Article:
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Kia Sedona 2.9 CRDi GS review (2006-2010)
Model: 2.9 CRDi GS
Bodystyle: Five-door MPV
Engine: 2.9-litre four-cylinder turbodiesel
Transmission: Five-speed auto
Date of test: August 2006
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What is it?
Although the focus of the MPV sector has shifted away from large, ‘traditional’ MPVs to smaller, hatchback-derived compacts – think Scenic, Zafira, Touran – there is still a market for those who want full seven-seat capability. It is such folk that Kia gunning for with its latest Sedona. Already a surprise best-seller in the large MPV sector, the Korean company has upped its game with the new car, promising European dynamics, refinement and looks for prices that undercut rivals by a good 20%. As the old model was a pretty mediocre machine that still managed to outsell Renault’s Espace, how potentially successful could the new one be? We tried an entry-level diesel model, the volume model of the range, to find out.
Where does it fit?
In the Kia’s home Korean market, there is an 11-seater Sedona available. For Europe, a shorter-wheelbase seven-seater is offered (and quite right too). It sits above the Carens compact MPV, itself recently all-new, giving Kia one of the freshest MPV line-ups on the market. Sliding side doors mimic rivals such as the Citroen C8 and Peugeot 807, and give it an edge over the Espace, Galaxy, Alhambra and Sharan, while there’s a choice of 2.9-litre diesel or (pointless) 2.5-litre V6 engines. You can have automatic with both. The key differentiator over same-size rivals, as mentioned, is price: this is a full-sized MPV for compact MPV money.
Is it for you?
Lots of people clearly thought the old one was for them. As this is a much more attractive-looking machine, with surprisingly chunky, squat Sportage-esque SUV cues (particularly in the rear lights), Kia is already at an advantage; the old car was big and roomy, but never a beauty. Prices top out almost where rivals start; it’s comparable with the smaller (but still seven-seat) Vauxhall Zafira, making it a winner for on-paper value. And the ascendancy of the Kia brand helps, too. Cool adverts and growing awareness mean it’s no longer a maker to be sniffy about.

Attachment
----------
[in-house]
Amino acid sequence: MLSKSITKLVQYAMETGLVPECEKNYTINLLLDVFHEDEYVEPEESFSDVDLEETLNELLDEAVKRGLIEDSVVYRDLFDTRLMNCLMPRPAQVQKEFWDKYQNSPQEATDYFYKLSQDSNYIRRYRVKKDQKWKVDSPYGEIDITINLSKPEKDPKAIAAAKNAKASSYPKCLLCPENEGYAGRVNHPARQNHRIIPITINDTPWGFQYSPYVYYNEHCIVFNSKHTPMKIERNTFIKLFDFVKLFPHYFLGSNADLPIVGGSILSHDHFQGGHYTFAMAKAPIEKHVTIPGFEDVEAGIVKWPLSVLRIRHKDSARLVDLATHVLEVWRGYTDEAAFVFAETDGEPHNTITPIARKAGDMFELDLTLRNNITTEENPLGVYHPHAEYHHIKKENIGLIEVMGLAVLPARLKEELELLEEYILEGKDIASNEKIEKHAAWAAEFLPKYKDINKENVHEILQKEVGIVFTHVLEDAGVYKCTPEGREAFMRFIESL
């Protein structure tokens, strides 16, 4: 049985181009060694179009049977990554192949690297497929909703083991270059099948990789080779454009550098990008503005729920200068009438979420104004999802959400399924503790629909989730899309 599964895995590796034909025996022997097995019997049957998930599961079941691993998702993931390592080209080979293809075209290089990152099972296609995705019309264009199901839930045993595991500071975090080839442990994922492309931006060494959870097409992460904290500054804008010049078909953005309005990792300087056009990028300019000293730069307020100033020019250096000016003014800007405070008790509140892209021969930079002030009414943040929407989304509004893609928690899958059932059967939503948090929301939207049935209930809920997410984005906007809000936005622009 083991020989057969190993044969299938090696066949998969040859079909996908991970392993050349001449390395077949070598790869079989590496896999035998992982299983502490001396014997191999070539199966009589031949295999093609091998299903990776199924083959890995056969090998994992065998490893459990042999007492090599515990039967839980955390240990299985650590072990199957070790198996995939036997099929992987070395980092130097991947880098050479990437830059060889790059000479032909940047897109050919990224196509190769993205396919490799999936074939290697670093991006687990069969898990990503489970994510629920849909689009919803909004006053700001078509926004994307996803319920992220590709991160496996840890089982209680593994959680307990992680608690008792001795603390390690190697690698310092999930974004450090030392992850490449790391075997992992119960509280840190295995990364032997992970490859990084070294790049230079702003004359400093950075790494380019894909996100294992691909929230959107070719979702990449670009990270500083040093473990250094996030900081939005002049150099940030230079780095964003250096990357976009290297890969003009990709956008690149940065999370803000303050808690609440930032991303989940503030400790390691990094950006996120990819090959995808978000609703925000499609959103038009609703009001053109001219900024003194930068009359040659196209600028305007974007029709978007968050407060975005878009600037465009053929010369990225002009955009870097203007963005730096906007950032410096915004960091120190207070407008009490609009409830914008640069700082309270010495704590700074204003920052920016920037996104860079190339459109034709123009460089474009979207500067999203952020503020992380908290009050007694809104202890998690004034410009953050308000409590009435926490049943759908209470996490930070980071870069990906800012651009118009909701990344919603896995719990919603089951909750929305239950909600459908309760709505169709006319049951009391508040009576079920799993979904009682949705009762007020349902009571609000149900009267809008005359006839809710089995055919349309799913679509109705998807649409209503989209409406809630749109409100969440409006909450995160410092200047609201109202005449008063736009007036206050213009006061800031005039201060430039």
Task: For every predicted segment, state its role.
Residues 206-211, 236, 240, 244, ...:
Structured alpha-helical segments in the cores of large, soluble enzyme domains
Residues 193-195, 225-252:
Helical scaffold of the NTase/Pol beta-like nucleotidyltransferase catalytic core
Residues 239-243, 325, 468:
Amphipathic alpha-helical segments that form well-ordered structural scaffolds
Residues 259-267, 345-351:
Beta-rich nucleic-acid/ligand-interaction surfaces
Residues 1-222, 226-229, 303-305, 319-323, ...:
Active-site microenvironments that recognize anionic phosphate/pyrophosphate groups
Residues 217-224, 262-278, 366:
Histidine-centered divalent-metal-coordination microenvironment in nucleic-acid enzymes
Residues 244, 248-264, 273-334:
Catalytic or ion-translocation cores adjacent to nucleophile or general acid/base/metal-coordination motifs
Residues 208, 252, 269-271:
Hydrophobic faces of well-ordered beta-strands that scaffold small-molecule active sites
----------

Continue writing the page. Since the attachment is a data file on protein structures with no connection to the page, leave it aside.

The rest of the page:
What does it do well?
First impressions aren’t amazing; the cabin has a hint of cheap tackiness about it – details such as the stereo and dials jar. But the big engine fires up smoothly and idles without clatter, while the handbrake may be foot-operated but it disengages (and engages) with considerably more polish than Mercedes’ similar system (that the company’s had three decades to perfect). The auto in the test car upshifted imperceptibly, the engine was nicely grunty and noisy only when stretched, while the chassis shows the polish seen on so many modern Korean cars. It’s not quite Euro standard, but the crisp, light (if slow) steering feels ‘connected’, stiffish springs mean it doesn’t wallow and stability is excellent at speed. An easy car to drive, which is impressive for one so wide.
What doesn’t it do well?
While pretty well insulated and not too noisy, the ride can feel restless at speed, because of the firmish springs. Though generally, it’s OK – unlike the quality of the downshifts, which seem jerky and snatched. Stretching the engine can also be raucous at times. Brake pedal travel is too long, which makes smooth stops tricky, and the steering calls for too much arm-twirling in town. And why, Kia, do the indicators remain on the right?
What’s it like to live with?
The interior grows on you with time, showing decent quality plastics and commendable assembly standards. The seats are firm and supportive, the cabin feels remarkably wide, the driving position OK (and certainly better than, say, a VW Sharan) and there’s decent space in the middle row of seats too – even if the rearmost are not quite as vast. The usual problem of minimal boot when seven-up is exacerbated here, but pull a lever and the rear two seats do flip up very easily: there’s spring assistance, a thoughtful touch.
How green is it?
Not green at all. For starters, the engine doesn’t meet the latest Euro IV standards for exhaust emissions – Kia will have to rush out a new engine, because this unit will be outlawed by the end of the year. It also returns dismal economy figures. As an auto, it averages just 31mpg, and even the manual only returns 36mpg. By way of comparison, a Galaxy diesel manual, with better performance, returns 43mpg.
Would we buy it?
Not at the moment we wouldn’t, because of that thirsty engine that will have to be replaced or upgraded soon. And this is a shame as, otherwise, the Sedona is a large MPV with merit. It looks very good indeed, drives with more panache than you’d expect and offers cracking value. Give it a whirl; it will probably surprise you. Don’t, though, be tempted by the V6 petrol. Cheaper even than the diesel it may be, but the engine is both breathless and, at 26mpg, a real liability. As with most MPVs, diesel is the only choice here; when the new engine arrives, it’ll be even more of an obvious choice.
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